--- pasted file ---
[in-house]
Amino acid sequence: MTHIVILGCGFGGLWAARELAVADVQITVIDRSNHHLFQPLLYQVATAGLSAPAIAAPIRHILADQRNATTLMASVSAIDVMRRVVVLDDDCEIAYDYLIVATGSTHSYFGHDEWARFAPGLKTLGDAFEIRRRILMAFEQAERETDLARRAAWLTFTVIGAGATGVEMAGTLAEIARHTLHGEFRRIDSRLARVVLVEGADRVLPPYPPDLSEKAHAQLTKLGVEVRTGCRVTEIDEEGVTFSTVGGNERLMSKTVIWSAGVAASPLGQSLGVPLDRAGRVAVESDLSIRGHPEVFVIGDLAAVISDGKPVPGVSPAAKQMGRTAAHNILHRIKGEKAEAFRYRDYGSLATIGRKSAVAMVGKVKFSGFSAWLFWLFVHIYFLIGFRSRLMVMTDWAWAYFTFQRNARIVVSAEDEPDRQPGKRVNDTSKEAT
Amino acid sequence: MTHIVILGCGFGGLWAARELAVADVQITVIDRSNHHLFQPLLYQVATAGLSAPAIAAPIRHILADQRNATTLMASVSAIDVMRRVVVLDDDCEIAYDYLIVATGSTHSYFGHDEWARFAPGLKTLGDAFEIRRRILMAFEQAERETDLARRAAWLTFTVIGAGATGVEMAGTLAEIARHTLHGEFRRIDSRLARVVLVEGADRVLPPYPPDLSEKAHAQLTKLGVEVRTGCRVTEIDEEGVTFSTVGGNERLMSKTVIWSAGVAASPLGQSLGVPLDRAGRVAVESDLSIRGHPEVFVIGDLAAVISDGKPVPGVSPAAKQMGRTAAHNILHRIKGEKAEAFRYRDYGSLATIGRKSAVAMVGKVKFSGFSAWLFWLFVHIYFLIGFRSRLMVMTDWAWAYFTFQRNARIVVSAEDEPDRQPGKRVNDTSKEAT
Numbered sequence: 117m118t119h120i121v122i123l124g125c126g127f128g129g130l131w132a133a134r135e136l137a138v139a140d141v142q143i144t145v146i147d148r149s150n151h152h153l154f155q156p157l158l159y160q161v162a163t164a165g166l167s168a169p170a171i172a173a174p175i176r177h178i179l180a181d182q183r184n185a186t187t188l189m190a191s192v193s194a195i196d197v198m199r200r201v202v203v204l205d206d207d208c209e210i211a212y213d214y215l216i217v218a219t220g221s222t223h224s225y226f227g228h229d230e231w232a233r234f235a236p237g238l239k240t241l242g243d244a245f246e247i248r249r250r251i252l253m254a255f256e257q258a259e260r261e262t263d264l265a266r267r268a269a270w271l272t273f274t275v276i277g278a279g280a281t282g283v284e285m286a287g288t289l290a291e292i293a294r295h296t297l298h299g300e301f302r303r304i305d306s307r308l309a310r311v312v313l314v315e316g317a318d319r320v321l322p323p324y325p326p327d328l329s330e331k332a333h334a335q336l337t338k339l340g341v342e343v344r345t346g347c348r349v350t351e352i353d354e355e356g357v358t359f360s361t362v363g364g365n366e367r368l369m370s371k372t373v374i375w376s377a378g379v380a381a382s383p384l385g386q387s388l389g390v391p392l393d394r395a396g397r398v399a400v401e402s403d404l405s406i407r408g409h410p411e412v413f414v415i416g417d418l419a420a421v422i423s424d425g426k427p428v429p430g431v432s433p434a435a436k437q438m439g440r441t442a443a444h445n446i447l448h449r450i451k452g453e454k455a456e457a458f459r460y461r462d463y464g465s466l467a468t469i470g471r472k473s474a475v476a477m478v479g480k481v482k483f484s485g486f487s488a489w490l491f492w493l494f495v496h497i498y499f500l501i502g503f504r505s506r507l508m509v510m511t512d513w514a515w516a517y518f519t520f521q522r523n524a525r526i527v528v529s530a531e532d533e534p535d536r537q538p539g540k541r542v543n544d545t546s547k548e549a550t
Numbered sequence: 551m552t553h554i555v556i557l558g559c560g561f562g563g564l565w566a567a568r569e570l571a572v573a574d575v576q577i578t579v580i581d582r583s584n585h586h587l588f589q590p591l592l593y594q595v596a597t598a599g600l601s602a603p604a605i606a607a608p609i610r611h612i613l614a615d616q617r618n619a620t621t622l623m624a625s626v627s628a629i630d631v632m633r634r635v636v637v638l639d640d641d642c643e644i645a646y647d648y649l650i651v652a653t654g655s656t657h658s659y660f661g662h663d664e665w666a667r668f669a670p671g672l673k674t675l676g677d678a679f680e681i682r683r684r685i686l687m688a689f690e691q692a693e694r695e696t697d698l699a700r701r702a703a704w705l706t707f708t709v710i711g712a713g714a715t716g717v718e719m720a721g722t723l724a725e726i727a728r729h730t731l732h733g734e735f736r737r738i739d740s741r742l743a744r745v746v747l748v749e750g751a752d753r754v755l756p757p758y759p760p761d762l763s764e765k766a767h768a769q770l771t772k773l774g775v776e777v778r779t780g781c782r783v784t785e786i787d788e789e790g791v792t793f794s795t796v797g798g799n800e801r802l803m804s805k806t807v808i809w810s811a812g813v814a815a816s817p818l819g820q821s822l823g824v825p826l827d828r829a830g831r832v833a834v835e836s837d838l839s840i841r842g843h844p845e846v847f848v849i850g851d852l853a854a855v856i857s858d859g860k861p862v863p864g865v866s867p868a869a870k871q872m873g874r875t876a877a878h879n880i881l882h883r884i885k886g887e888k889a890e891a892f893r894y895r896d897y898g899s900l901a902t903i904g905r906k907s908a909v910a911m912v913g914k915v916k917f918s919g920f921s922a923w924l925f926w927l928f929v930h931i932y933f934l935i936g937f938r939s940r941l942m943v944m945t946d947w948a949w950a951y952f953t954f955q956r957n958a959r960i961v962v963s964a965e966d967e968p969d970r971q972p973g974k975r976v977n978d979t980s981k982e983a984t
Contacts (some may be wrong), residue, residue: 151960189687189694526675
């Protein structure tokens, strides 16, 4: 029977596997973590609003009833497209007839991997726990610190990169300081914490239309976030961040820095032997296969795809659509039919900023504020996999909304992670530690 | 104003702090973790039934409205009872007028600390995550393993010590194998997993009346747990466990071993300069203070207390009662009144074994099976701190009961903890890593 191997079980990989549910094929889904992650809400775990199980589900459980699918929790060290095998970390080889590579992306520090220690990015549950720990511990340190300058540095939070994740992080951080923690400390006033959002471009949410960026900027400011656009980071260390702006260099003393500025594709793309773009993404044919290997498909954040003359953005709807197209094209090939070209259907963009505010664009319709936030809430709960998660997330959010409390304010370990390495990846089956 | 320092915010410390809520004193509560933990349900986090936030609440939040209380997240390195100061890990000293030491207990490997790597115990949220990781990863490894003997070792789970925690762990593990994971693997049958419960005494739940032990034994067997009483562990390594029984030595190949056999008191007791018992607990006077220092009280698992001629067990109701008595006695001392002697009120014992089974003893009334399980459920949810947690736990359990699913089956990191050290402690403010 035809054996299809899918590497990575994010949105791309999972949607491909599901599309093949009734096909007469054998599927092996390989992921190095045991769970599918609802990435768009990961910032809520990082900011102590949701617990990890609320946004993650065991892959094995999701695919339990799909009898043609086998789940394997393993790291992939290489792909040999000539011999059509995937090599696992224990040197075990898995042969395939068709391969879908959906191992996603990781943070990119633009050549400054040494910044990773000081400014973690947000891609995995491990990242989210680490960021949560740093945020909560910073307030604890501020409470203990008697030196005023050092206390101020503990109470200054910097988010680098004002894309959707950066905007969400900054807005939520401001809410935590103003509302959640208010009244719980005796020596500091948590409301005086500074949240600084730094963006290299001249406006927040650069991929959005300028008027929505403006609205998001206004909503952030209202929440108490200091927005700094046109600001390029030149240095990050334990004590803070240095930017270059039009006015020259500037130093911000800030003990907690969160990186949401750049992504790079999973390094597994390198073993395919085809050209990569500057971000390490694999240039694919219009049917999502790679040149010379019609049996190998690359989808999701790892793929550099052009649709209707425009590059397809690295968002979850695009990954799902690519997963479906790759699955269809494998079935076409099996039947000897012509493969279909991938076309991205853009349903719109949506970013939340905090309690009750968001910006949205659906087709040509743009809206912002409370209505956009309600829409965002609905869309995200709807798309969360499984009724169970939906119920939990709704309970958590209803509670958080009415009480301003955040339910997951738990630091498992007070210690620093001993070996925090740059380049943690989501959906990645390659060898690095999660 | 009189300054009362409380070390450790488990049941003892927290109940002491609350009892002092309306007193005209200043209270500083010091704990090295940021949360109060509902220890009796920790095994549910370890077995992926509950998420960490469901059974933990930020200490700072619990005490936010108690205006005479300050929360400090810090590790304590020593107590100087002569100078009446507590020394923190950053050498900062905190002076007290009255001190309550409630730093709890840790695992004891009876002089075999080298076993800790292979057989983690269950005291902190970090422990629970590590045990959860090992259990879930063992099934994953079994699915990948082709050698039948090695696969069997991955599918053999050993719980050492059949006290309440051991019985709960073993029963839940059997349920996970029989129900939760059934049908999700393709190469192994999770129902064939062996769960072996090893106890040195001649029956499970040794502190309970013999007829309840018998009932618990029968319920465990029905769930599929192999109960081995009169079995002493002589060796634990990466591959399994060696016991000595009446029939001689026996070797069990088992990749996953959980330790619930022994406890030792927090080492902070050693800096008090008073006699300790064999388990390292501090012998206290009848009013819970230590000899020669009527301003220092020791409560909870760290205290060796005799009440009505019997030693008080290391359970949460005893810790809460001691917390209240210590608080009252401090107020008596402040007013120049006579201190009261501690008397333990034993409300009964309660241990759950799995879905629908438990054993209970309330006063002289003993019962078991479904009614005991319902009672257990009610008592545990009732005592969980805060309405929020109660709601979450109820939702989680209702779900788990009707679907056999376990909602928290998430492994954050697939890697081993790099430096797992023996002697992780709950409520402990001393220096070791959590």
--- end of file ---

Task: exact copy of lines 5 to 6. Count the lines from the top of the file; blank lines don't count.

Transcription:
Numbered sequence: 551m552t553h554i555v556i557l558g559c560g561f562g563g564l565w566a567a568r569e570l571a572v573a574d575v576q577i578t579v580i581d582r583s584n585h586h587l588f589q590p591l592l593y594q595v596a597t598a599g600l601s602a603p604a605i606a607a608p609i610r611h612i613l614a615d616q617r618n619a620t621t622l623m624a625s626v627s628a629i630d631v632m633r634r635v636v637v638l639d640d641d642c643e644i645a646y647d648y649l650i651v652a653t654g655s656t657h658s659y660f661g662h663d664e665w666a667r668f669a670p671g672l673k674t675l676g677d678a679f680e681i682r683r684r685i686l687m688a689f690e691q692a693e694r695e696t697d698l699a700r701r702a703a704w705l706t707f708t709v710i711g712a713g714a715t716g717v718e719m720a721g722t723l724a725e726i727a728r729h730t731l732h733g734e735f736r737r738i739d740s741r742l743a744r745v746v747l748v749e750g751a752d753r754v755l756p757p758y759p760p761d762l763s764e765k766a767h768a769q770l771t772k773l774g775v776e777v778r779t780g781c782r783v784t785e786i787d788e789e790g791v792t793f794s795t796v797g798g799n800e801r802l803m804s805k806t807v808i809w810s811a812g813v814a815a816s817p818l819g820q821s822l823g824v825p826l827d828r829a830g831r832v833a834v835e836s837d838l839s840i841r842g843h844p845e846v847f848v849i850g851d852l853a854a855v856i857s858d859g860k861p862v863p864g865v866s867p868a869a870k871q872m873g874r875t876a877a878h879n880i881l882h883r884i885k886g887e888k889a890e891a892f893r894y895r896d897y898g899s900l901a902t903i904g905r906k907s908a909v910a911m912v913g914k915v916k917f918s919g920f921s922a923w924l925f926w927l928f929v930h931i932y933f934l935i936g937f938r939s940r941l942m943v944m945t946d947w948a949w950a951y952f953t954f955q956r957n958a959r960i961v962v963s964a965e966d967e968p969d970r971q972p973g974k975r976v977n978d979t980s981k982e983a984t
Contacts (some may be wrong), residue, residue: 151960189687189694526675